Here's what two million miles of autonomous driving has taught Google

Here's what two million miles of autonomous driving has taught Google
Google's self-driving cars have become better at detecting and responding to obstacles, at understanding other road users and at reacting to unusual situations
Google's self-driving cars have become better at detecting and responding to obstacles, at understanding other road users and at reacting to unusual situations
View 1 Image
Google's self-driving cars have become better at detecting and responding to obstacles, at understanding other road users and at reacting to unusual situations
Google's self-driving cars have become better at detecting and responding to obstacles, at understanding other road users and at reacting to unusual situations

Google's self-driving vehicles have now driven over two million mi ( 3.2 million km) on public roads and, as you might expect, the first million looked very different than the second. Freeways, light traffic and simple intersections have given way to complex city streets, advanced road craft and social cues.

Google first revealed that it was working on self-driving tech back in 2010. At the time, its autonomous vehicles had covered just 140,000 mi (225,300 km), but had already been able to negotiate San Francisco's tricky Lombard Street, cross the Golden Gate Bridge and circumnavigate Lake Tahoe.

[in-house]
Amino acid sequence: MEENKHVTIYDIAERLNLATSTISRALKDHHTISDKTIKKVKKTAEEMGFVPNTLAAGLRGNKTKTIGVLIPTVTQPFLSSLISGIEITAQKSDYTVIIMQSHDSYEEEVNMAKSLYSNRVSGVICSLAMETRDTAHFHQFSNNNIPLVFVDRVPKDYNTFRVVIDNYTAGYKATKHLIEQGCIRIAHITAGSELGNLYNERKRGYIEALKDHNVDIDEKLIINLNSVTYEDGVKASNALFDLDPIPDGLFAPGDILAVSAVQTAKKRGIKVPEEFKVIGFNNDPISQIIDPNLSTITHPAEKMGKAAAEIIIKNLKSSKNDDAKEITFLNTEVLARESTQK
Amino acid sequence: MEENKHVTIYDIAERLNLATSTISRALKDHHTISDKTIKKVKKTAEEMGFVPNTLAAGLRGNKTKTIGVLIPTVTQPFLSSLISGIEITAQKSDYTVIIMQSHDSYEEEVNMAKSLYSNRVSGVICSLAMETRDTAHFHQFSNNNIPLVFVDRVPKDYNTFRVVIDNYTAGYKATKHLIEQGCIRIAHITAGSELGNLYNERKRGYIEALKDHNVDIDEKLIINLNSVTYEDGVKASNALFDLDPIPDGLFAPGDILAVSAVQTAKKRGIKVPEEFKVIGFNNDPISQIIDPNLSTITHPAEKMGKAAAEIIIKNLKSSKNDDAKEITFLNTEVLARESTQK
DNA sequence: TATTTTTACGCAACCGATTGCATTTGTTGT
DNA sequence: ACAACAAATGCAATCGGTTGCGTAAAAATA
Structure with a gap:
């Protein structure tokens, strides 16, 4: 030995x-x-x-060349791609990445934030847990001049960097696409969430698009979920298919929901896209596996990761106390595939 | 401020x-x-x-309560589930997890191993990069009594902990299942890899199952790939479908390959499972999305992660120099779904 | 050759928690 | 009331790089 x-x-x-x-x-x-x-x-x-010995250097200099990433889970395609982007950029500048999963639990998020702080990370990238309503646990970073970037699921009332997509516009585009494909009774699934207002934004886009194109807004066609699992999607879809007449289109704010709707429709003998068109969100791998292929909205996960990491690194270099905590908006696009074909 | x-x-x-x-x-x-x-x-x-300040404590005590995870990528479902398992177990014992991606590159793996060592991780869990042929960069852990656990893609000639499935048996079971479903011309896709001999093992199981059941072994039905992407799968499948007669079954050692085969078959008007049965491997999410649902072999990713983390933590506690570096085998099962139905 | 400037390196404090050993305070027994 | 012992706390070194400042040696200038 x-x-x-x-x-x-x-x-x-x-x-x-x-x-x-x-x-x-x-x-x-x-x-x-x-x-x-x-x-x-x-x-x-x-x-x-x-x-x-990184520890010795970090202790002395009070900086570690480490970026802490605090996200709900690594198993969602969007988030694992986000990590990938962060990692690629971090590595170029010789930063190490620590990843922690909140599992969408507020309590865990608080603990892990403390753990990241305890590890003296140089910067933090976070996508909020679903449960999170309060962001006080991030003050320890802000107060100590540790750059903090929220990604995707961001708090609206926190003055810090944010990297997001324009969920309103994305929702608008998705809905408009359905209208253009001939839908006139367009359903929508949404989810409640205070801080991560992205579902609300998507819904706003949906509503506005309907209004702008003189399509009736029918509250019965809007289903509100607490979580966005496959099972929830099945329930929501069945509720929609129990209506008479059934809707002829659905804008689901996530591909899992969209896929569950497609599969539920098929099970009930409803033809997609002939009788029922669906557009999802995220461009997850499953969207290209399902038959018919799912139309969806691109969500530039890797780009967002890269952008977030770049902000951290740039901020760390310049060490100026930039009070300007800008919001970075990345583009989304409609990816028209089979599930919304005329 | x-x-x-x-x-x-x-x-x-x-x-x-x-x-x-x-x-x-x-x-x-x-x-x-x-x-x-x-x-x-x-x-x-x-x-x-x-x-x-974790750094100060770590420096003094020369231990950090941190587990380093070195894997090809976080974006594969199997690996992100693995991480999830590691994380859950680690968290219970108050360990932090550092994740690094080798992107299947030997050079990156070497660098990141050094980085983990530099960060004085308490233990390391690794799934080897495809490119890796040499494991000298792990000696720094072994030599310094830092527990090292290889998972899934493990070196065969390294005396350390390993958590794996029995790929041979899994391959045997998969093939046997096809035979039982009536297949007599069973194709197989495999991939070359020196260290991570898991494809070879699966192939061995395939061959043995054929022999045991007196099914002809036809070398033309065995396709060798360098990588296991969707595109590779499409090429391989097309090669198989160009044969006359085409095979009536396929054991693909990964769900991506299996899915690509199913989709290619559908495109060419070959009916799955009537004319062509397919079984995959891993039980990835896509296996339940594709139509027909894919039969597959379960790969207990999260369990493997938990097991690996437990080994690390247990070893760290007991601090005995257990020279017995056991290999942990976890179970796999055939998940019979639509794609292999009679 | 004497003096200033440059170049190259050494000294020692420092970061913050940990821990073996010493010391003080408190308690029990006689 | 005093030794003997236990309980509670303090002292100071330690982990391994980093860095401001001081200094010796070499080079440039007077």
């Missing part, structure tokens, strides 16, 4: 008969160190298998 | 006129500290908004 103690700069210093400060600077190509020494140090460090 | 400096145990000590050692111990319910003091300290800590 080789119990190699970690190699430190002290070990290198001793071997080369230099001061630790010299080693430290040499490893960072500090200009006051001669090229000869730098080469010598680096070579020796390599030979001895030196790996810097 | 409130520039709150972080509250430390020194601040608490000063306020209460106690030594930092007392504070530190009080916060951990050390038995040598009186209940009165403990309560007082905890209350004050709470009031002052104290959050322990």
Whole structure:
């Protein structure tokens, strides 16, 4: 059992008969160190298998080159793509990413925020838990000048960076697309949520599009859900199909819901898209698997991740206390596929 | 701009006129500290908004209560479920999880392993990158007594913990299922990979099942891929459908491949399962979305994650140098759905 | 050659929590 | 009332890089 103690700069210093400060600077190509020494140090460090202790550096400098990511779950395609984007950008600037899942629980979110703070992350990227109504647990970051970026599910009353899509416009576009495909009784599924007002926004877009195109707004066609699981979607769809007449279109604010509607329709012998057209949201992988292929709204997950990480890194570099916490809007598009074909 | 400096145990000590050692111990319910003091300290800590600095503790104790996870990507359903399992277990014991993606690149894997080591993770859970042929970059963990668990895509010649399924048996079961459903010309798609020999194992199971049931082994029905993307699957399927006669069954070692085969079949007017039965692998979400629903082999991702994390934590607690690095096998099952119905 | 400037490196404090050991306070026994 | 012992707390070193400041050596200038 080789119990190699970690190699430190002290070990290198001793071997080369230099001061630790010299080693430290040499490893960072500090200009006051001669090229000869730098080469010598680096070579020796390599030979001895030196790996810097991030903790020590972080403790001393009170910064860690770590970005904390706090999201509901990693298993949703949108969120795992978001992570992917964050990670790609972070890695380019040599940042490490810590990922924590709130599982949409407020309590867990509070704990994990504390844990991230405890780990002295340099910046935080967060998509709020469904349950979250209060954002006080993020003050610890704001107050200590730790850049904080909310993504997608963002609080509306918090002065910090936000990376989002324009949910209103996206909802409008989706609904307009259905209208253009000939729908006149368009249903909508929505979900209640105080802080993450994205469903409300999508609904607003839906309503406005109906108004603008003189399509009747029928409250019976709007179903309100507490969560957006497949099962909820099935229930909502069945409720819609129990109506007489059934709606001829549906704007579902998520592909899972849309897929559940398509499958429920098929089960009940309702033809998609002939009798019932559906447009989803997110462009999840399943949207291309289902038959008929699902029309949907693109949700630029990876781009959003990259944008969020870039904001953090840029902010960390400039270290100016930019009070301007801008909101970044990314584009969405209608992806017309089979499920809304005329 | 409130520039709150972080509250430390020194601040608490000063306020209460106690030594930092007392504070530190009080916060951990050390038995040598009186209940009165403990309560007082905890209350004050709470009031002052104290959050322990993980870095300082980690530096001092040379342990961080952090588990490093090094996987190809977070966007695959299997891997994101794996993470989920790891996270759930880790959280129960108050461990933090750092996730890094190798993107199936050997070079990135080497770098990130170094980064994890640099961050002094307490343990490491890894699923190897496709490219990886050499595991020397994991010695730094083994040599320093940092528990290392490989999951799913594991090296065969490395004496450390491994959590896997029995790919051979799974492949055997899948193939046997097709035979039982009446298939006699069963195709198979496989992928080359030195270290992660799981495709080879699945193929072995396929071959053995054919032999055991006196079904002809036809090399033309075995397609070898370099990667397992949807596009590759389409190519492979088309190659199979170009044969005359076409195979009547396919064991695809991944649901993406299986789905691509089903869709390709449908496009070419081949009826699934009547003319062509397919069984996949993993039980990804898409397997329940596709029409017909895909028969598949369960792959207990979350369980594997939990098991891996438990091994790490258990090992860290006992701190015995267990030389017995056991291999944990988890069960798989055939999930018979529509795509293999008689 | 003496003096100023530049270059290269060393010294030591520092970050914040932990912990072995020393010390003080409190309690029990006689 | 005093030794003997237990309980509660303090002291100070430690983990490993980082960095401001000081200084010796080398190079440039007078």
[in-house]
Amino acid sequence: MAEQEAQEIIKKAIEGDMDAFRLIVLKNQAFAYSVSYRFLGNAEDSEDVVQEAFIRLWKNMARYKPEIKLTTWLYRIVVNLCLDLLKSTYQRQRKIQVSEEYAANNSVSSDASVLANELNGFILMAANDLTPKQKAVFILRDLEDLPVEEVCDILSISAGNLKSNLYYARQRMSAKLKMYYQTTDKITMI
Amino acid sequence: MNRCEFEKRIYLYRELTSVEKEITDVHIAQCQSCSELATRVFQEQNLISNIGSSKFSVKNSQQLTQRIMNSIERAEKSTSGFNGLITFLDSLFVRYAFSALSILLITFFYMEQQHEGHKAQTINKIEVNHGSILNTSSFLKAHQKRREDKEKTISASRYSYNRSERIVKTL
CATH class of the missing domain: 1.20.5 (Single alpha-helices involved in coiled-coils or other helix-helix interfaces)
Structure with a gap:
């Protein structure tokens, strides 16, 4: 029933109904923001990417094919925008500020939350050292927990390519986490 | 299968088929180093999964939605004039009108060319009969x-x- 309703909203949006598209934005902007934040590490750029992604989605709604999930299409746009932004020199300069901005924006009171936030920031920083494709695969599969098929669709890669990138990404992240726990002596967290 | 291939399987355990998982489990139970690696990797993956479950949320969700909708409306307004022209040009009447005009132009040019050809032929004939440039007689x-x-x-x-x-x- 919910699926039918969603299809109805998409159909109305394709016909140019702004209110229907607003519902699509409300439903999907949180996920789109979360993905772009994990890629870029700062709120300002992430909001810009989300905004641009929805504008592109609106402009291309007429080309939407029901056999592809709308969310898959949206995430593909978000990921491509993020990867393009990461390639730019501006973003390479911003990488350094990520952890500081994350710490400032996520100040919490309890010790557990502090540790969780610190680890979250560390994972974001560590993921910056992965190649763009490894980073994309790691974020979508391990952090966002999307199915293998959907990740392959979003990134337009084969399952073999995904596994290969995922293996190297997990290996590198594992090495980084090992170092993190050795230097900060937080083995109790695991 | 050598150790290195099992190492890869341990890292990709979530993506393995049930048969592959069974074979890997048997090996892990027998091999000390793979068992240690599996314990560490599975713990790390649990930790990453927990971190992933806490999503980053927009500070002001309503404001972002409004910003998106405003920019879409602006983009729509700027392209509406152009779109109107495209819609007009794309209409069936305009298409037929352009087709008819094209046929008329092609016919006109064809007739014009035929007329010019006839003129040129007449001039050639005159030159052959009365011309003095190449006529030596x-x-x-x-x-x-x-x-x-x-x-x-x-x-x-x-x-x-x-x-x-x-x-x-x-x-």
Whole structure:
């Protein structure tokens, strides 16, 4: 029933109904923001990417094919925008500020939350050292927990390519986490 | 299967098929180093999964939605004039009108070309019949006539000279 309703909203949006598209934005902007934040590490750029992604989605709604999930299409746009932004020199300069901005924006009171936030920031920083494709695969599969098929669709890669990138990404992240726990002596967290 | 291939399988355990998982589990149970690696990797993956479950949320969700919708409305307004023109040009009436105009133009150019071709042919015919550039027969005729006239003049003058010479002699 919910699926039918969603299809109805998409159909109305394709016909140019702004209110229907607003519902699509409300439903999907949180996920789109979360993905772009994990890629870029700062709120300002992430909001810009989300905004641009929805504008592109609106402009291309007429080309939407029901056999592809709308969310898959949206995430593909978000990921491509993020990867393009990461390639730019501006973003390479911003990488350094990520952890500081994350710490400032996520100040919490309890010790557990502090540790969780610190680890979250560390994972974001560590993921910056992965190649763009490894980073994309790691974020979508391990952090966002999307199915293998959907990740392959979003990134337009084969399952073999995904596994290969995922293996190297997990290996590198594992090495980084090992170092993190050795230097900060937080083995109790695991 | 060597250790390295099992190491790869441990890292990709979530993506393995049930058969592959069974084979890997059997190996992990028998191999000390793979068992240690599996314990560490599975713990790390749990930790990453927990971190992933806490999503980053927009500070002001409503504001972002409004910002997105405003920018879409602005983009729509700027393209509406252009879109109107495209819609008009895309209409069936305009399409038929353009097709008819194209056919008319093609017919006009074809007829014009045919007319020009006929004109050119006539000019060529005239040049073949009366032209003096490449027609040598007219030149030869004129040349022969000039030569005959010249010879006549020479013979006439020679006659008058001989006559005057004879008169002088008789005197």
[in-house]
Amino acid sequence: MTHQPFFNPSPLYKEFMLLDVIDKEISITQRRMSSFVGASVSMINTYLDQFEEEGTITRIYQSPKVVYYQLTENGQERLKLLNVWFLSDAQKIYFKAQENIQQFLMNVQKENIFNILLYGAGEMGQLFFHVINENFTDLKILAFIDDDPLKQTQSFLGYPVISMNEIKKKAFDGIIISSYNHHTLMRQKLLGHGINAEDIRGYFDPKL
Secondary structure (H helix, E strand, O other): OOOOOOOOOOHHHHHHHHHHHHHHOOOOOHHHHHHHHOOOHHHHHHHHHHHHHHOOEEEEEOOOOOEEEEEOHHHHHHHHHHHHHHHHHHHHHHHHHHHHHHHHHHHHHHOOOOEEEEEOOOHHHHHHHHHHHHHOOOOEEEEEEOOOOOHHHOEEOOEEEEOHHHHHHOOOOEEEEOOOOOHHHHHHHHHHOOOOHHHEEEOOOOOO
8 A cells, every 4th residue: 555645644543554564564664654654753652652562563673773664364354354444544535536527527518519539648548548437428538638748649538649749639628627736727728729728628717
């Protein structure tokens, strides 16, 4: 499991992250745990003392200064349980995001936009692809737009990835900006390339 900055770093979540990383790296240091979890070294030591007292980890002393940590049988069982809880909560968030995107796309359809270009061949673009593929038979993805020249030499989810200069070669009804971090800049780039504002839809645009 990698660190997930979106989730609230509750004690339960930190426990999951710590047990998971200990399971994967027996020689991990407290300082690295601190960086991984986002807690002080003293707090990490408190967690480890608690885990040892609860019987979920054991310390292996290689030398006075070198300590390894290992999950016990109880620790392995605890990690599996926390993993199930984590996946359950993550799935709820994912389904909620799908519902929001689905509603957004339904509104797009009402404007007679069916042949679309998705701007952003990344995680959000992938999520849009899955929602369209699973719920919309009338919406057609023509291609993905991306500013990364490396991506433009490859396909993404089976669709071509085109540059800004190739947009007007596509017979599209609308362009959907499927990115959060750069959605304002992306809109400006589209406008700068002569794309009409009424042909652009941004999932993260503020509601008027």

In an article yesterday, Google's head of self-driving tech Dmitri Dolgov explained that these sort of achievements came pretty quickly. "That's because it's relatively easy to master the first 90 percent of driving where you're traveling on freeways, navigating light city-street traffic, or making your way through simple intersections," said Dolgov. "But to create a truly self-driving car that can do all the driving, we knew we'd need experience in more challenging and interesting situations."

The more the cars have driven themselves around and uncovered a range of situations, the more Google has learned. Dolgov suggests that the second million miles has helped Google's cars learn how to deal with even out-of-the-ordinary situations, with a unicycling couple and cars driving the wrong way among those it has encountered.

To gain the right kind of experience - that so-called final 10 percent - Google has its cars spend most of their time today on what Dolgov calls "complex city streets." In these environments, they are said to have become better at detecting obstacles – such as emergency vehicles, construction zones and closed lanes – and responding accordingly.